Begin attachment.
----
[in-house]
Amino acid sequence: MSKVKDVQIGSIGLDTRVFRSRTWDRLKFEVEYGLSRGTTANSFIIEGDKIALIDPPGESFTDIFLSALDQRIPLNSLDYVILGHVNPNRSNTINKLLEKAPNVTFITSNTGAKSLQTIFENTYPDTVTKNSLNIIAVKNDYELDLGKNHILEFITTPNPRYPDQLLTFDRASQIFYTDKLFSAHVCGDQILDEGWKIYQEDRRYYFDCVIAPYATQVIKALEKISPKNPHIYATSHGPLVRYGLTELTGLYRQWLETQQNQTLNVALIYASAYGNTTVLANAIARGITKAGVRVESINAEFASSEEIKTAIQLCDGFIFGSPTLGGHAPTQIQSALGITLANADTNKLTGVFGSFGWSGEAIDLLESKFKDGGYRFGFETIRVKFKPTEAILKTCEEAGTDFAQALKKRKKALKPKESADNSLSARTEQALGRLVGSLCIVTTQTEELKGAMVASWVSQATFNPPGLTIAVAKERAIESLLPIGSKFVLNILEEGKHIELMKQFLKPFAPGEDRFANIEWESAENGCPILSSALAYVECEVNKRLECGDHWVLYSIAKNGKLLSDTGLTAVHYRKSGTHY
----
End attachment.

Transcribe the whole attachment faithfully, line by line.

[in-house]
Amino acid sequence: MSKVKDVQIGSIGLDTRVFRSRTWDRLKFEVEYGLSRGTTANSFIIEGDKIALIDPPGESFTDIFLSALDQRIPLNSLDYVILGHVNPNRSNTINKLLEKAPNVTFITSNTGAKSLQTIFENTYPDTVTKNSLNIIAVKNDYELDLGKNHILEFITTPNPRYPDQLLTFDRASQIFYTDKLFSAHVCGDQILDEGWKIYQEDRRYYFDCVIAPYATQVIKALEKISPKNPHIYATSHGPLVRYGLTELTGLYRQWLETQQNQTLNVALIYASAYGNTTVLANAIARGITKAGVRVESINAEFASSEEIKTAIQLCDGFIFGSPTLGGHAPTQIQSALGITLANADTNKLTGVFGSFGWSGEAIDLLESKFKDGGYRFGFETIRVKFKPTEAILKTCEEAGTDFAQALKKRKKALKPKESADNSLSARTEQALGRLVGSLCIVTTQTEELKGAMVASWVSQATFNPPGLTIAVAKERAIESLLPIGSKFVLNILEEGKHIELMKQFLKPFAPGEDRFANIEWESAENGCPILSSALAYVECEVNKRLECGDHWVLYSIAKNGKLLSDTGLTAVHYRKSGTHY